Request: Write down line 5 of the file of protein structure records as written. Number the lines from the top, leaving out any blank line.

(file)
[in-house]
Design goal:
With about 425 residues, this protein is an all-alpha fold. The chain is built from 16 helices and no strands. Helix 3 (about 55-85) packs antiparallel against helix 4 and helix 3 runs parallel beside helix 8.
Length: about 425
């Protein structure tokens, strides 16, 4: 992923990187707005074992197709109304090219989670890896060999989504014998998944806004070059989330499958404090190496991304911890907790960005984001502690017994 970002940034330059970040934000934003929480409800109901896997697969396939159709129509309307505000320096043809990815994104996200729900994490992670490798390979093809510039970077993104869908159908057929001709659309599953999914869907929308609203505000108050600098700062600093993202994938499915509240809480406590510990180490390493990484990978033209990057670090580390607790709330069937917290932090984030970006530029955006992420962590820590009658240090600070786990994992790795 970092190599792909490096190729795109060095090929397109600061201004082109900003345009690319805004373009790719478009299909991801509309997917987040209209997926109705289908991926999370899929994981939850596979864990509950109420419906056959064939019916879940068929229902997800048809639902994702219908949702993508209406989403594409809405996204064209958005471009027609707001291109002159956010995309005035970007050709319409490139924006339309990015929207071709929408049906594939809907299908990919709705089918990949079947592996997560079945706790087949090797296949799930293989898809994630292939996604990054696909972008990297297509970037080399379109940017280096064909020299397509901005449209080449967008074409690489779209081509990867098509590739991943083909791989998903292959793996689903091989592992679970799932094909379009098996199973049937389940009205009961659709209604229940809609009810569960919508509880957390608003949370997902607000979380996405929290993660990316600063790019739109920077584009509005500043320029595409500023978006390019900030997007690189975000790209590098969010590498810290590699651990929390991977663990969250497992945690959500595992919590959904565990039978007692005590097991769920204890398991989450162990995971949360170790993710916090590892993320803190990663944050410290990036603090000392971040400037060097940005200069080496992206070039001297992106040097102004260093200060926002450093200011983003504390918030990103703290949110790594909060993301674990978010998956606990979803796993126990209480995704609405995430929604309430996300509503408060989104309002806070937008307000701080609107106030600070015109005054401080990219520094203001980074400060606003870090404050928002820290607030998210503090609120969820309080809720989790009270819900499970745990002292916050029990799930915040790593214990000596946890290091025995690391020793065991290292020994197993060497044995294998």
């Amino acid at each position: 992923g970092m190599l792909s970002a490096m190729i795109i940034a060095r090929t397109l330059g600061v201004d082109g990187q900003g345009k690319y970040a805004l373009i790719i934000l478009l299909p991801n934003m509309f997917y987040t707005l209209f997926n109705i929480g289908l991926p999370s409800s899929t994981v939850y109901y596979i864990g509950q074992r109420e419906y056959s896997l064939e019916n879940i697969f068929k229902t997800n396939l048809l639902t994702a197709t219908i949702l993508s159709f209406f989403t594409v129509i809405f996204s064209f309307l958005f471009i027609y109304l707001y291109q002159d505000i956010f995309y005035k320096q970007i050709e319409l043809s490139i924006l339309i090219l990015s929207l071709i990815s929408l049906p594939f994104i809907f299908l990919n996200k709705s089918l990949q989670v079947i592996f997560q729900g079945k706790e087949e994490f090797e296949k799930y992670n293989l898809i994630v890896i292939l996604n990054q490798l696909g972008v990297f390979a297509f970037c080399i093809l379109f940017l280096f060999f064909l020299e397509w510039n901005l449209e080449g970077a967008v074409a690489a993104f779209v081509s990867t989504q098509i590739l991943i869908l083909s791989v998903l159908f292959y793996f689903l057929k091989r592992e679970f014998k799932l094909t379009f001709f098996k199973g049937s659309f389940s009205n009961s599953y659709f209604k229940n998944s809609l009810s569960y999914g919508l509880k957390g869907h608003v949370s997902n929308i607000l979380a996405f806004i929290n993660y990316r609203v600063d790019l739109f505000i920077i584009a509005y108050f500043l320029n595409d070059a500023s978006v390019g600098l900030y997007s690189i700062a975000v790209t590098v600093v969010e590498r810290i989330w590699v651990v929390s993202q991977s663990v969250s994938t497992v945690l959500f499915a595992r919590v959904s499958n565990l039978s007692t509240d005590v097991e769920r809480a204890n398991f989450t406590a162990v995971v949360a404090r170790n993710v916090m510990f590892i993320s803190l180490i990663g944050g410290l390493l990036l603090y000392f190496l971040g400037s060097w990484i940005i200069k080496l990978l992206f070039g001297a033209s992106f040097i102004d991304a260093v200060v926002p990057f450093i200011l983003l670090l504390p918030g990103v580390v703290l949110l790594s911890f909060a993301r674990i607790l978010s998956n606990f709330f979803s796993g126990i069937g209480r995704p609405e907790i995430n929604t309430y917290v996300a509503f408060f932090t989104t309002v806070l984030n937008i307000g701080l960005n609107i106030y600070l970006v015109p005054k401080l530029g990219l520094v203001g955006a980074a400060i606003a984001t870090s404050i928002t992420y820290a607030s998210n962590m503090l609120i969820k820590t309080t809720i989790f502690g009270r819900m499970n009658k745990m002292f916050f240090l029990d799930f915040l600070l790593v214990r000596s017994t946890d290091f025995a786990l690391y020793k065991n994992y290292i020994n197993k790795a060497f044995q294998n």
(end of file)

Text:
């Protein structure tokens, strides 16, 4: 992923990187707005074992197709109304090219989670890896060999989504014998998944806004070059989330499958404090190496991304911890907790960005984001502690017994 970002940034330059970040934000934003929480409800109901896997697969396939159709129509309307505000320096043809990815994104996200729900994490992670490798390979093809510039970077993104869908159908057929001709659309599953999914869907929308609203505000108050600098700062600093993202994938499915509240809480406590510990180490390493990484990978033209990057670090580390607790709330069937917290932090984030970006530029955006992420962590820590009658240090600070786990994992790795 970092190599792909490096190729795109060095090929397109600061201004082109900003345009690319805004373009790719478009299909991801509309997917987040209209997926109705289908991926999370899929994981939850596979864990509950109420419906056959064939019916879940068929229902997800048809639902994702219908949702993508209406989403594409809405996204064209958005471009027609707001291109002159956010995309005035970007050709319409490139924006339309990015929207071709929408049906594939809907299908990919709705089918990949079947592996997560079945706790087949090797296949799930293989898809994630292939996604990054696909972008990297297509970037080399379109940017280096064909020299397509901005449209080449967008074409690489779209081509990867098509590739991943083909791989998903292959793996689903091989592992679970799932094909379009098996199973049937389940009205009961659709209604229940809609009810569960919508509880957390608003949370997902607000979380996405929290993660990316600063790019739109920077584009509005500043320029595409500023978006390019900030997007690189975000790209590098969010590498810290590699651990929390991977663990969250497992945690959500595992919590959904565990039978007692005590097991769920204890398991989450162990995971949360170790993710916090590892993320803190990663944050410290990036603090000392971040400037060097940005200069080496992206070039001297992106040097102004260093200060926002450093200011983003504390918030990103703290949110790594909060993301674990978010998956606990979803796993126990209480995704609405995430929604309430996300509503408060989104309002806070937008307000701080609107106030600070015109005054401080990219520094203001980074400060606003870090404050928002820290607030998210503090609120969820309080809720989790009270819900499970745990002292916050029990799930915040790593214990000596946890290091025995690391020793065991290292020994197993060497044995294998």